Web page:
A task is a personal or work-related errand you want to track through completion. A task can occur once or repeatedly (a recurring (recurring: Items that occur repeatedly. For example, an appointment or task that occurs on a regular basis, such as a weekly status meeting or a monthly haircut, can be designated as recurring.) task). A recurring task can repeat at regular intervals or repeat based on the date you mark the task complete. For example, you might want to send a status report to your manager on the last Friday of every month, and get a haircut when one month has passed since your last haircut.
In addition to creating your own tasks, you can create tasks that you assign to others. You do this by sending a task request (task request: A request sent in an e-mail message asking the recipient to complete a task. If the recipient accepts the task, it is added to the recipient's task list, and the recipient becomes the new owner of the task.) to someone. The person who receives the task request becomes the temporary owner of the task. They can decline the task, accept the task, or assign the task to someone else. If they decline the task, it's returned to you. (You still have to reclaim ownership by returning the task to your task list (task list: A list of tasks that appears in the Tasks folder and in the TaskPad in Calendar.).) If they accept the task, they become the permanent owner. If they assign the task to someone else, the new assignee becomes the owner.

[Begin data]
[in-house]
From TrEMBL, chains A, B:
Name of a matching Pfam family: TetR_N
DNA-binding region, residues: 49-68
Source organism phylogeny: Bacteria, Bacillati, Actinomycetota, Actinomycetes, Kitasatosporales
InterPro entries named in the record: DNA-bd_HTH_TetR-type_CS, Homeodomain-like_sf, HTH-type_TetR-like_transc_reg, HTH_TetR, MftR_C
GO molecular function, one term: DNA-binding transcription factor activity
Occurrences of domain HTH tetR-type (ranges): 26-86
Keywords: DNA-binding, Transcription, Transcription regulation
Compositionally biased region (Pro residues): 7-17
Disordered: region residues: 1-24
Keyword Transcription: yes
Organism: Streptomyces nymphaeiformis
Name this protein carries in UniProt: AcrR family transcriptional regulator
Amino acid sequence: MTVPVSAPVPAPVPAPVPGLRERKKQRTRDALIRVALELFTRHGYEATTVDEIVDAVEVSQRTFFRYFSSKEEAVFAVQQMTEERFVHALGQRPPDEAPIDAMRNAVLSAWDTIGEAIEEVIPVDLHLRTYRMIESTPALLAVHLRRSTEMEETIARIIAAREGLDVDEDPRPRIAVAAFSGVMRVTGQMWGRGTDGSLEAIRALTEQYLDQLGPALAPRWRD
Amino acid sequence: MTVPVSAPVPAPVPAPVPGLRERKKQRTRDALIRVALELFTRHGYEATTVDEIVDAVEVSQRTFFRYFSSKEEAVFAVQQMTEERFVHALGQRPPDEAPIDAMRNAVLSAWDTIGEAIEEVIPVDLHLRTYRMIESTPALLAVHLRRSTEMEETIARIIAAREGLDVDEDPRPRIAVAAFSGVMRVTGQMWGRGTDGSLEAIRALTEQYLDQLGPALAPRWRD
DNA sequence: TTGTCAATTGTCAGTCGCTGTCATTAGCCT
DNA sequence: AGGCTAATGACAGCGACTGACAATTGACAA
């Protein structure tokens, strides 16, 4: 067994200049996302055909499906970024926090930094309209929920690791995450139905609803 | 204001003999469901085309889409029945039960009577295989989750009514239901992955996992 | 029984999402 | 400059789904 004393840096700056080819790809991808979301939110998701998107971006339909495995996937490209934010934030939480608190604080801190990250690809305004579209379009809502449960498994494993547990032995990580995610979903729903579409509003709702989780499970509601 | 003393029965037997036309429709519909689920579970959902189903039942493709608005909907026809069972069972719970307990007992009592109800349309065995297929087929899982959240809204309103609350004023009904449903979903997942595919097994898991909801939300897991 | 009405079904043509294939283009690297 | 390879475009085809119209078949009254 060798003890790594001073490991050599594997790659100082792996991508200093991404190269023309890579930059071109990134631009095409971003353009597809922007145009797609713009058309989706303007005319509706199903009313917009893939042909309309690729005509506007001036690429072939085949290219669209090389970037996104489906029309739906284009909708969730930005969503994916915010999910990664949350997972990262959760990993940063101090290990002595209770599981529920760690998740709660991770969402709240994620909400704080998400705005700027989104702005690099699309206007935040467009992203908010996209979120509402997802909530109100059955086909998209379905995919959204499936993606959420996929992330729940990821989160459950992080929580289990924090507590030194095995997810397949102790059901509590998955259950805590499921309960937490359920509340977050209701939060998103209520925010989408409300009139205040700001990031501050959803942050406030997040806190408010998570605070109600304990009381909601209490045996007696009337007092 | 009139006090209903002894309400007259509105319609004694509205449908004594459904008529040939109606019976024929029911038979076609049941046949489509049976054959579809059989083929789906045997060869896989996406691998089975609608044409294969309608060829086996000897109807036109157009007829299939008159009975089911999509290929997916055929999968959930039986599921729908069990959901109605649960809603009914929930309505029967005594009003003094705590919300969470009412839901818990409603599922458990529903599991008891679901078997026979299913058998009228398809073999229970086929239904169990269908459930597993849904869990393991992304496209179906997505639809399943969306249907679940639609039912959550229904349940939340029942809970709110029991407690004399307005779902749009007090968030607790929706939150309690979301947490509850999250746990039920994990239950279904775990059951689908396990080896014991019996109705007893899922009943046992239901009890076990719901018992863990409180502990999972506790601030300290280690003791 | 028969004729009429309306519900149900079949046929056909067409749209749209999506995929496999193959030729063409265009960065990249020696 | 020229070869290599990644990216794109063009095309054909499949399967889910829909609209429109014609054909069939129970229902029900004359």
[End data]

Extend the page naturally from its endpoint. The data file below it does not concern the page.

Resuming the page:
The owner is the only one who can make changes to the task. When an owner updates a task, Microsoft Outlook updates all copies of that task — the copy for the person who originally sent the task request and copies for any prior owners of that task. When the owner completes the task, Outlook automatically sends a status report to the person who originally assigned the task, any other prior owners, and anyone else who requested a report.
If you assign a task to more than one person at a time, you cannot keep an updated copy of the task in your task list. To assign the same project to more than one person and have Outlook keep you up to date on work progress, divide the work into separate tasks, and then assign each one individually. For example, to assign a report to three writers, create three tasks named Write Report: Writer 1, Write Report: Writer 2, and Write Report: Writer 3.